He put us in a camp where we were fighting with commandos - punching, blocking, fighting with knives, dismantling a gun, putting it back together, being timed while we do it, firing the gun; if a bullet got stuck in a chamber, how to dislodge it and keep on firing. Because you can’t stand up there (which I’ve done in previous movies) and say ‘Cut! My gun’s jammed’. I can’t do that because I’m an agent and guns do get jammed in the line of fire and I should know how to dislodge it. The scenes are there in the film. It was so good that we went through that practice. We met people who train the Mossad who told us how we should walk, how our mannerisms should be. They told us how alert you have to be all the time. For example, if somebody’s following you, you’re not going to look over your shoulder and see if you’re being followed or not. Because then, the enemy knows that you’ve caught on to something. You can’t lose the element of surprise. You have to surprise your enemy instead of your enemy surprising you. So you go to a reflective surface and see what’s happening behind you. If you’re in a restaurant, I could see the spoon and use it as a rear view mirror. These things don’t necessarily need to be in the film. But it’s the information you gather. If you feel that you can do it in a scene, that’s what’s nice because it’s real.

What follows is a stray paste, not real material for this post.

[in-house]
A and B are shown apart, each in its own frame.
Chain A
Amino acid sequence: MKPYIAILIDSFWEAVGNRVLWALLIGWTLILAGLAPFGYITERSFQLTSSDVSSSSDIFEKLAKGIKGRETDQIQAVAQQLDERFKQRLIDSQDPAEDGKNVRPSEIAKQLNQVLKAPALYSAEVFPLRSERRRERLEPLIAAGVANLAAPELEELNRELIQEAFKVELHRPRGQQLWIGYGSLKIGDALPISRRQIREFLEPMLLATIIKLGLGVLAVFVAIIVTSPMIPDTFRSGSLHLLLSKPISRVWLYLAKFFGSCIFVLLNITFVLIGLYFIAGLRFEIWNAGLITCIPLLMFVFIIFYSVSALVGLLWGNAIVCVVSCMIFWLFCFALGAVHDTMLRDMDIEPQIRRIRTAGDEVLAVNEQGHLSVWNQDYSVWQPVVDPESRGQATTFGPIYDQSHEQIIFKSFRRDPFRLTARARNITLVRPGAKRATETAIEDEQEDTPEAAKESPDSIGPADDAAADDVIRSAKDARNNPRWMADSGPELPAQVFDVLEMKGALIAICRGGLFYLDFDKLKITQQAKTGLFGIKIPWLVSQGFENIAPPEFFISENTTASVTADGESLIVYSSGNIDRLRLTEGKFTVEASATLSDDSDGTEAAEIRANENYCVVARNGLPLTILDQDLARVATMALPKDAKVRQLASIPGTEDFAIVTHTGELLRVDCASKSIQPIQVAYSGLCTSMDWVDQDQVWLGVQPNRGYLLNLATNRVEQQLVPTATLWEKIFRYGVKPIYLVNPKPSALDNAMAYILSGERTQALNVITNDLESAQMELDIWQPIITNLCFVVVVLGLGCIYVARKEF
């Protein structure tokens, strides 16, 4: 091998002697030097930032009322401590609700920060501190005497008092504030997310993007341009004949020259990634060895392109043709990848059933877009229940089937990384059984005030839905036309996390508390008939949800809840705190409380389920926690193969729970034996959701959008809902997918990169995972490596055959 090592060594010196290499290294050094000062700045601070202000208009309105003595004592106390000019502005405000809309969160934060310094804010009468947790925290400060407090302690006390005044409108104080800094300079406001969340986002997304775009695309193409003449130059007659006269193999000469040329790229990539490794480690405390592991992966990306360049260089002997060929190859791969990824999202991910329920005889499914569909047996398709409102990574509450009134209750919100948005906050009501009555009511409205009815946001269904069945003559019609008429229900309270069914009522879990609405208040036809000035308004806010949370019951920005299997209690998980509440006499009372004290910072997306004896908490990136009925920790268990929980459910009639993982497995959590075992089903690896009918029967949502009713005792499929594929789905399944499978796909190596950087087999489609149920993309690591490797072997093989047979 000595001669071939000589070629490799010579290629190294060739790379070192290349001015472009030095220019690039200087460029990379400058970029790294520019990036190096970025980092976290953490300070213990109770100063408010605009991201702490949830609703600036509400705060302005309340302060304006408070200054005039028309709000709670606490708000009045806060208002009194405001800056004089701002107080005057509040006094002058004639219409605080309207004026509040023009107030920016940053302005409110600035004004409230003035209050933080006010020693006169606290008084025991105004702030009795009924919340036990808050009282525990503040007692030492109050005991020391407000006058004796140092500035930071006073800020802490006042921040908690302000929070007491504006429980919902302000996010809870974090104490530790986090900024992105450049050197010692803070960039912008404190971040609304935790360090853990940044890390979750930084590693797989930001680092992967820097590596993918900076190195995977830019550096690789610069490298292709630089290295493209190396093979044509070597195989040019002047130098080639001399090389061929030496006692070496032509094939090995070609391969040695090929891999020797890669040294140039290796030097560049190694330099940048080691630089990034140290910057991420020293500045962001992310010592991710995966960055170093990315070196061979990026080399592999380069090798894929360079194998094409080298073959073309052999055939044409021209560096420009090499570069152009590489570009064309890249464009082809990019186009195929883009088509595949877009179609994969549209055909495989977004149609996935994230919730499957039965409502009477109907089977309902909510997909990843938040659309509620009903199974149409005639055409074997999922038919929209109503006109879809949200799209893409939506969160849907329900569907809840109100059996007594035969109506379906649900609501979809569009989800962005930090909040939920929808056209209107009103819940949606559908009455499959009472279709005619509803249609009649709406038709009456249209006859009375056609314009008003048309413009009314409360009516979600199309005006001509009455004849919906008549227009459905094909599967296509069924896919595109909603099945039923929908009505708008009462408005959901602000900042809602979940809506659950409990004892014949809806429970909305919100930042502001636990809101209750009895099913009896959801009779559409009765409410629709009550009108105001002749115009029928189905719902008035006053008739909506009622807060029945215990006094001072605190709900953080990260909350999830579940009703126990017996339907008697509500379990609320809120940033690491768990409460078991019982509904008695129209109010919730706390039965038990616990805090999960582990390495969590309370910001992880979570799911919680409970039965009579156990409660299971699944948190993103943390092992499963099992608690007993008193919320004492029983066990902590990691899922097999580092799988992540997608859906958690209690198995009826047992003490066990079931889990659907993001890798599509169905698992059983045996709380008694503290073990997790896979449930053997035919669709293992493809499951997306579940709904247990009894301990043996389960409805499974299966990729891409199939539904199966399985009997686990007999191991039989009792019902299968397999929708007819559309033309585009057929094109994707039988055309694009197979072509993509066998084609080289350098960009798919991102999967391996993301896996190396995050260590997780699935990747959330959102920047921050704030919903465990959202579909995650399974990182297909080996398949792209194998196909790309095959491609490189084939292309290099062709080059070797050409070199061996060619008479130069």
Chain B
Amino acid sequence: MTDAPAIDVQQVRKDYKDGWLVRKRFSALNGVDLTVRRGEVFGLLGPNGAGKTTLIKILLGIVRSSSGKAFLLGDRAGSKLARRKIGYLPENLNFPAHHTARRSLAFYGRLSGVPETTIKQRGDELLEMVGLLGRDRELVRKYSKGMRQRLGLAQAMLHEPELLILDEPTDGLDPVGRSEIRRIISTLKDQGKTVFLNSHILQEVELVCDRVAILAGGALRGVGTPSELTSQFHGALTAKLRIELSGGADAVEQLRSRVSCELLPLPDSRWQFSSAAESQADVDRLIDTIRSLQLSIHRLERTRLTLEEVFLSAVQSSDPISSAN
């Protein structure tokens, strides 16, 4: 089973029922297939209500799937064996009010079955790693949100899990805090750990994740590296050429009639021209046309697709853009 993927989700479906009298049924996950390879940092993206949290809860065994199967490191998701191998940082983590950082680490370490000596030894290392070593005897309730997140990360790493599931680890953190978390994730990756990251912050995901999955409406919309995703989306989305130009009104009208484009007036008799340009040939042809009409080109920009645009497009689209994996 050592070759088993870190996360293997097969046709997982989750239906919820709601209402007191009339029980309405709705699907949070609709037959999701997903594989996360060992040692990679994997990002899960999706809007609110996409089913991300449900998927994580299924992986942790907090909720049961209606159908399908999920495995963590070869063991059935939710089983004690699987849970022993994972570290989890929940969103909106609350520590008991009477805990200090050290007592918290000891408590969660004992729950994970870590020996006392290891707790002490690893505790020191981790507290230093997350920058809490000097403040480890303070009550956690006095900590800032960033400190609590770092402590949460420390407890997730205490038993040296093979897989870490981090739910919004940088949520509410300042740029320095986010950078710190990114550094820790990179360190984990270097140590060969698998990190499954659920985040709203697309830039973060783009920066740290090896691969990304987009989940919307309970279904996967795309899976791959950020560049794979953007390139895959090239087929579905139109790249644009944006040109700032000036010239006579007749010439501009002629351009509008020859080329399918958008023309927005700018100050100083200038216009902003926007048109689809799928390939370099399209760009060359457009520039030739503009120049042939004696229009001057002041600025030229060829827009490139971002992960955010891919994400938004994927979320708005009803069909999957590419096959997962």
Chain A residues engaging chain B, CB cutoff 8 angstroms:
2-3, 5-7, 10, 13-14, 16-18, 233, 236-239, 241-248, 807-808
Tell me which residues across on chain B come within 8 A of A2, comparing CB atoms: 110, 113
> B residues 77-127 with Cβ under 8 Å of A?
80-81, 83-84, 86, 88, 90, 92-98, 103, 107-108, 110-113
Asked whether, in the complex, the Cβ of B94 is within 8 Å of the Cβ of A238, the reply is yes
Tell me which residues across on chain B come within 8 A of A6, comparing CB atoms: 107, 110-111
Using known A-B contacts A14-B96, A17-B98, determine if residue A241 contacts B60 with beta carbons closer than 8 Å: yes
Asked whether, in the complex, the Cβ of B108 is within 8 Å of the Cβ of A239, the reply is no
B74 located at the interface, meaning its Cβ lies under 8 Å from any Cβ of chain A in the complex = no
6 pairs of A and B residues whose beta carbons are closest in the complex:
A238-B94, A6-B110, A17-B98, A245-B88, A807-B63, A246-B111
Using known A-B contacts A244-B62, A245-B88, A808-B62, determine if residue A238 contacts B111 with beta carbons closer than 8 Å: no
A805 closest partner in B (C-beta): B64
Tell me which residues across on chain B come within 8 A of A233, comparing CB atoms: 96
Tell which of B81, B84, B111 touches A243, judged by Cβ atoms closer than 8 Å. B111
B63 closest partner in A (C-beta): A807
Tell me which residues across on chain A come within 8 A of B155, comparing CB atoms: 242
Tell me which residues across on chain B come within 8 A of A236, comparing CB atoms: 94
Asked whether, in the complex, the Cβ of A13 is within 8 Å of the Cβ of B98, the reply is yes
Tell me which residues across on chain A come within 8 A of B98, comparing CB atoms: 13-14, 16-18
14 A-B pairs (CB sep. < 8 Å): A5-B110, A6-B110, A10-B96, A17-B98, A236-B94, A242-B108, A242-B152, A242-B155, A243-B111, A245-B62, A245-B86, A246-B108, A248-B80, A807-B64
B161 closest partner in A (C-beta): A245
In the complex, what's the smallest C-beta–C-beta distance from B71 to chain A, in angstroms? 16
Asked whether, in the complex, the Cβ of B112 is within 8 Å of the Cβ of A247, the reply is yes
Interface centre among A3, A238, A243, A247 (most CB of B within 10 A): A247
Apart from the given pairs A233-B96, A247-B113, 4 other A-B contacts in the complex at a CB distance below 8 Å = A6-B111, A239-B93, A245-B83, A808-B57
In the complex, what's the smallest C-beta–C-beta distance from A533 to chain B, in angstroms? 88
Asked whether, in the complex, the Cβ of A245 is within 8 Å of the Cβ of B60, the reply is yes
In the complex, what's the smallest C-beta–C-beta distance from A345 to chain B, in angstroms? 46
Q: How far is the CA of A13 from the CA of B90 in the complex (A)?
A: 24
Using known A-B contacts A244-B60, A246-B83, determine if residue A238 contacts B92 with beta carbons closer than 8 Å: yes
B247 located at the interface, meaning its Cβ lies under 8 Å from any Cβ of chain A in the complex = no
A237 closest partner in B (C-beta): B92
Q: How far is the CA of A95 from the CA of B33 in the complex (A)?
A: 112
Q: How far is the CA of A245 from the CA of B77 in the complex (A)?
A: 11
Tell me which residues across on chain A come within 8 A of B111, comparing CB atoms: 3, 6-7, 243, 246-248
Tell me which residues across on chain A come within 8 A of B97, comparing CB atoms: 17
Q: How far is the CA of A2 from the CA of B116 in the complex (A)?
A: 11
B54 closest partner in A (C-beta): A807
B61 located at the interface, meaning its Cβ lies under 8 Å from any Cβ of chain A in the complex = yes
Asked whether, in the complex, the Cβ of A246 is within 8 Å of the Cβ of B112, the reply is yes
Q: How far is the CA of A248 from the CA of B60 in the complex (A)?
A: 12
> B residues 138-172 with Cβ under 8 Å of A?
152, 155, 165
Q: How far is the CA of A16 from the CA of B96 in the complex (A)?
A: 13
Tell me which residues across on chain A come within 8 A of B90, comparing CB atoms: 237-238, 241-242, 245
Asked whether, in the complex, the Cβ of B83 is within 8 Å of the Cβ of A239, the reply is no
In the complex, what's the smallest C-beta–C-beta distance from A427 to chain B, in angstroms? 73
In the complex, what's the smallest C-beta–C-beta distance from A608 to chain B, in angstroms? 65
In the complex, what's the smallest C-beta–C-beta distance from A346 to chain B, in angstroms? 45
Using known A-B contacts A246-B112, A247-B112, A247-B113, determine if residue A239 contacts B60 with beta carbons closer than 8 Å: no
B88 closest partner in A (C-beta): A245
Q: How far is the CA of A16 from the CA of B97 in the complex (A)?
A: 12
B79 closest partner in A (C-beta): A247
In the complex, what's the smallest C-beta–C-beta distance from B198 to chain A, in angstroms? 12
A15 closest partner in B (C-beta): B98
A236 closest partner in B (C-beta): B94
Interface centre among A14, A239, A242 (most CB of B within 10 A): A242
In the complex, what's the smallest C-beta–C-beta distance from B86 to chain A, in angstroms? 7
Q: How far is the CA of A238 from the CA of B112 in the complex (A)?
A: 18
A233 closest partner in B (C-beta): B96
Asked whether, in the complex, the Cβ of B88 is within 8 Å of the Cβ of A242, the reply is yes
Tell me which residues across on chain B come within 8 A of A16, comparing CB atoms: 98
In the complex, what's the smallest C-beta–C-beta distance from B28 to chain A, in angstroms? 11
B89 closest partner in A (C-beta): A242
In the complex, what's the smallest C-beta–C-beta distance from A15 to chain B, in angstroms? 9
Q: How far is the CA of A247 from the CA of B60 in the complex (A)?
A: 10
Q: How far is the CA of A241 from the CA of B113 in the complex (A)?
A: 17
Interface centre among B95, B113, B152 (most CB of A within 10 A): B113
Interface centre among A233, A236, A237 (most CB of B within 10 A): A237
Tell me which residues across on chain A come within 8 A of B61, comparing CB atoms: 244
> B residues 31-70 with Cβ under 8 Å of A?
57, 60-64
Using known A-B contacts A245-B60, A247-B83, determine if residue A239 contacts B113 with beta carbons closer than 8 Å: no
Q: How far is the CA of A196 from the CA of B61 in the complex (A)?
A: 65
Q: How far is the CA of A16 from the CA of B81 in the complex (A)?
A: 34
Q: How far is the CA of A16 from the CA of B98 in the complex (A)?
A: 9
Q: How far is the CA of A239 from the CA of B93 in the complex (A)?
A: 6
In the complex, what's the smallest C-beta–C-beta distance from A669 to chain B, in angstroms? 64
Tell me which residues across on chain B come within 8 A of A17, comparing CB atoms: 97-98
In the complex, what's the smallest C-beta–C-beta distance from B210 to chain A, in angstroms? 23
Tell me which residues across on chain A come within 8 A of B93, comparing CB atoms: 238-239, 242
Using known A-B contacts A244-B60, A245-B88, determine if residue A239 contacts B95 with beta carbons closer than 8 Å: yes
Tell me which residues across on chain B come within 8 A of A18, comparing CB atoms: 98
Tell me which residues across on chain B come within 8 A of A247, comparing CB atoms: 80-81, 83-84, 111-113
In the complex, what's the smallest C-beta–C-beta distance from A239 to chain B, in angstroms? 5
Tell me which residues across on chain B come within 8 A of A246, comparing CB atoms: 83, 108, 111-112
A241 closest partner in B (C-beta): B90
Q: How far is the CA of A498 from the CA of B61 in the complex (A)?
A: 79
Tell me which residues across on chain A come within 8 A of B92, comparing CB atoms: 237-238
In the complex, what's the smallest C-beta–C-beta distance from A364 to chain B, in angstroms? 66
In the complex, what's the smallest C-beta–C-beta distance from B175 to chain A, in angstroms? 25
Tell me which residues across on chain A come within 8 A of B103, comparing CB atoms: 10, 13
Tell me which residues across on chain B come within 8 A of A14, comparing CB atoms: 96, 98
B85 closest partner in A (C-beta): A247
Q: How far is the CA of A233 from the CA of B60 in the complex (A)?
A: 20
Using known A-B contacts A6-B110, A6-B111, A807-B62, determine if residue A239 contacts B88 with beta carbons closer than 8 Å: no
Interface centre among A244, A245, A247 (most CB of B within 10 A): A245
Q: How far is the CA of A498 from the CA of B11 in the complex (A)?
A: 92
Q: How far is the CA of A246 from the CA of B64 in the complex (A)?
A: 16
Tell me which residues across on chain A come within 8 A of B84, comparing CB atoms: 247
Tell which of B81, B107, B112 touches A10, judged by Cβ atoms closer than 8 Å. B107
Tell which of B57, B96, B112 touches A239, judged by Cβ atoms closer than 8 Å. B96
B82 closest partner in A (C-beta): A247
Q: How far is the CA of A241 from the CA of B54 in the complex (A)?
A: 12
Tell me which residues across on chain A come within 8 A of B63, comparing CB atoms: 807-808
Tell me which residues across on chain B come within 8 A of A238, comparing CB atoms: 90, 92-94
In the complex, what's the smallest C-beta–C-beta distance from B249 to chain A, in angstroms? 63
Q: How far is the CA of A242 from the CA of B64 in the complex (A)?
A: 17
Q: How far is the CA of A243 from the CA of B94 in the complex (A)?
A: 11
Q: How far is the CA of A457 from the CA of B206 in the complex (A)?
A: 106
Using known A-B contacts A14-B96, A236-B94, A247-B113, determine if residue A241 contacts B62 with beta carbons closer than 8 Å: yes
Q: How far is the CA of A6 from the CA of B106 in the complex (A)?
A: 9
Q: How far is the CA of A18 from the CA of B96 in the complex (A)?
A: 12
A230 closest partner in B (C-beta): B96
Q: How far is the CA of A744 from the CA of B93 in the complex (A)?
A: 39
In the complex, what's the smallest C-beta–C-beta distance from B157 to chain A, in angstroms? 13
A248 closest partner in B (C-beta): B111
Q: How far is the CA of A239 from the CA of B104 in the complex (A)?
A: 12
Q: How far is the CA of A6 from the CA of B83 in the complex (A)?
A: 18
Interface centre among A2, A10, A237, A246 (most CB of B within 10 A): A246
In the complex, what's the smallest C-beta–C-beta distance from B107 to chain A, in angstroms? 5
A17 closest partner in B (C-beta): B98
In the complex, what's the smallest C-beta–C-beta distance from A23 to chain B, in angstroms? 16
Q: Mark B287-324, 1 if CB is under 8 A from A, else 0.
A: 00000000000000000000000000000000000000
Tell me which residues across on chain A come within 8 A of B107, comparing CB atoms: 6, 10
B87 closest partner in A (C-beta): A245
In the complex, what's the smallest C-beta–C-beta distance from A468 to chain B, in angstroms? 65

Do you think you could use this information in real life?
Definitely, if I got into a street fight, the guy would be cursing himself because he wouldn’t look very good. But yes, it gives you a confidence and that’s what I think it was supposed to do. Tom comes onto the set and says ‘okay, this is the set. There’s a sewing machine there, a pair of scissors, a newspaper. Rudra Pratap, you are disarmed. This guy’s picked up a pair of scissors. What are you going to do?’ He shows you how to make the newspaper a weapon - he uses the props within the set to choreograph it. Then he’ll say ‘okay, that move that we taught you. You’re going to do that. Irrfan, you’re going to do this move. Now go’. It’s all instinctive and the camera’s just moving and capturing whatever it has to.
Do you personally think that’s how it should be in action films?
No, it doesn’t necessarily have to be like that. There are people who choreograph sequences because it’s stylized. Some people do that. With ‘D-Day’, I didn’t want to create a blueprint because everything has to have this uncanny energy that will keep you on the edge of your seat. So even if there’s silence before you’re going to do something, it should be eerie enough to make you wonder what’s going to happen. If a finger’s broken in the film, you feel the pain. If a car slams into your car, you see how the guy inside shakes. And we were shaking because they actually slammed cars into our cars. But it was done in a very, very safe manner. They have the craft to do it and it was fantastic to work on that level.
And do you think this slick approach to the genre makes it a first in India?
I think so. I don’t think they’ve seen action like this. If you see the action in ‘Bourne Ultimatum’, he’s the same action director. But then he’s not done the action from ‘Dark Knight’, which is stylized in a particular way. But if you see ‘Inception’ or ‘Blood Diamond’, the way they use and guns and how they are, you see that here. These are all my favourite films. So I was really lucky to be a part of this film and experience this technician who gave so much to this film that supports the script that Nikhil Advani made. Because the action had to be credible since we’re not doing a James Bond kind of an espionage film. We’re doing a very realistic film.